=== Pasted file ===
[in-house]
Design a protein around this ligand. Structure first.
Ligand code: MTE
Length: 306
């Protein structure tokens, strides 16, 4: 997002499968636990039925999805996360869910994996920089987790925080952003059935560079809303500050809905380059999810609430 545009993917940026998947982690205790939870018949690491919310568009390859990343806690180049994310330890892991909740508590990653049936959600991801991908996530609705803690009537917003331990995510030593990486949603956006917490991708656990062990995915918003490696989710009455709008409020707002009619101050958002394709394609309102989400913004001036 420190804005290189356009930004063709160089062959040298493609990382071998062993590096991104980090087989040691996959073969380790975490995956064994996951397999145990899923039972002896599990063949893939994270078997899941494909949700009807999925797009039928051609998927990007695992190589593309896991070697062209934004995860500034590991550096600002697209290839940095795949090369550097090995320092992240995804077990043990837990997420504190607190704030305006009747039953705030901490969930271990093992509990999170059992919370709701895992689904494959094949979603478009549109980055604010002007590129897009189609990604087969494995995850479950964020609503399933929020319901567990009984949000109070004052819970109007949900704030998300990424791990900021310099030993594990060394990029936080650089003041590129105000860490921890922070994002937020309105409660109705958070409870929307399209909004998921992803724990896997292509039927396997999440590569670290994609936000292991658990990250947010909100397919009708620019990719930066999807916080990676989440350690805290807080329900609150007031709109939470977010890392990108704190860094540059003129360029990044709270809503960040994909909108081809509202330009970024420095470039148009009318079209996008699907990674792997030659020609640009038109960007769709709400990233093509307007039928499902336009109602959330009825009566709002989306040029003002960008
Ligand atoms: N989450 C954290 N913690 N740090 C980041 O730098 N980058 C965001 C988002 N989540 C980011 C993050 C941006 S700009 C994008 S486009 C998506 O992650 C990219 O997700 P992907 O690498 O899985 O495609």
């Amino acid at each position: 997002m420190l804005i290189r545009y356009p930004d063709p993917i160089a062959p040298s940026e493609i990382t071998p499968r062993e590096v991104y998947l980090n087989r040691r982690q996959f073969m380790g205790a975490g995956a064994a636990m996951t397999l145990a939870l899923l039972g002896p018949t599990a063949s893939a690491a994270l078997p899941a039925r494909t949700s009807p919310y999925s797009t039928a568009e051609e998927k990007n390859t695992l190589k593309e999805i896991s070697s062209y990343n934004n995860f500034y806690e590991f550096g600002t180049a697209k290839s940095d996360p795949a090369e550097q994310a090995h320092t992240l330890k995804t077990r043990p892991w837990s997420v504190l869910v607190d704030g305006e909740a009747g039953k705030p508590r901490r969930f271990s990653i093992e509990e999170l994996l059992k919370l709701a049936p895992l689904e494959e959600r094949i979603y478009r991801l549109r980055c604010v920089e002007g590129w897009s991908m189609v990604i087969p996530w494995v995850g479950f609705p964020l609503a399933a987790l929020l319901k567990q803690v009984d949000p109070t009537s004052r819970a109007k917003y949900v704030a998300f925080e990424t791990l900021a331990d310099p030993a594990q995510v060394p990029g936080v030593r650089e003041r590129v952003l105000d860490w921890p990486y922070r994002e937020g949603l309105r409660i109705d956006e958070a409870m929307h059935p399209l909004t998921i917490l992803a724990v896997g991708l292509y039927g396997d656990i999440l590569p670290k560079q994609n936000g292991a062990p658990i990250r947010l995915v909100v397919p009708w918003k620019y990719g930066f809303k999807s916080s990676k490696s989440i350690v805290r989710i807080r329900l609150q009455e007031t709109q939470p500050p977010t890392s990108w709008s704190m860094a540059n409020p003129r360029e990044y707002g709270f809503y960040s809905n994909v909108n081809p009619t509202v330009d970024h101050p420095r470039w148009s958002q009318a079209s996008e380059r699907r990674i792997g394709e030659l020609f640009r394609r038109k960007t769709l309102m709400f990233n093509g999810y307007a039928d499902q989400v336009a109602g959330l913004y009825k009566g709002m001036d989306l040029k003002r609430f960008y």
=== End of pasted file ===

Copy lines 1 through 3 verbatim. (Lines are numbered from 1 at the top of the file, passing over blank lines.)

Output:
[in-house]
Design a protein around this ligand. Structure first.
Ligand code: MTE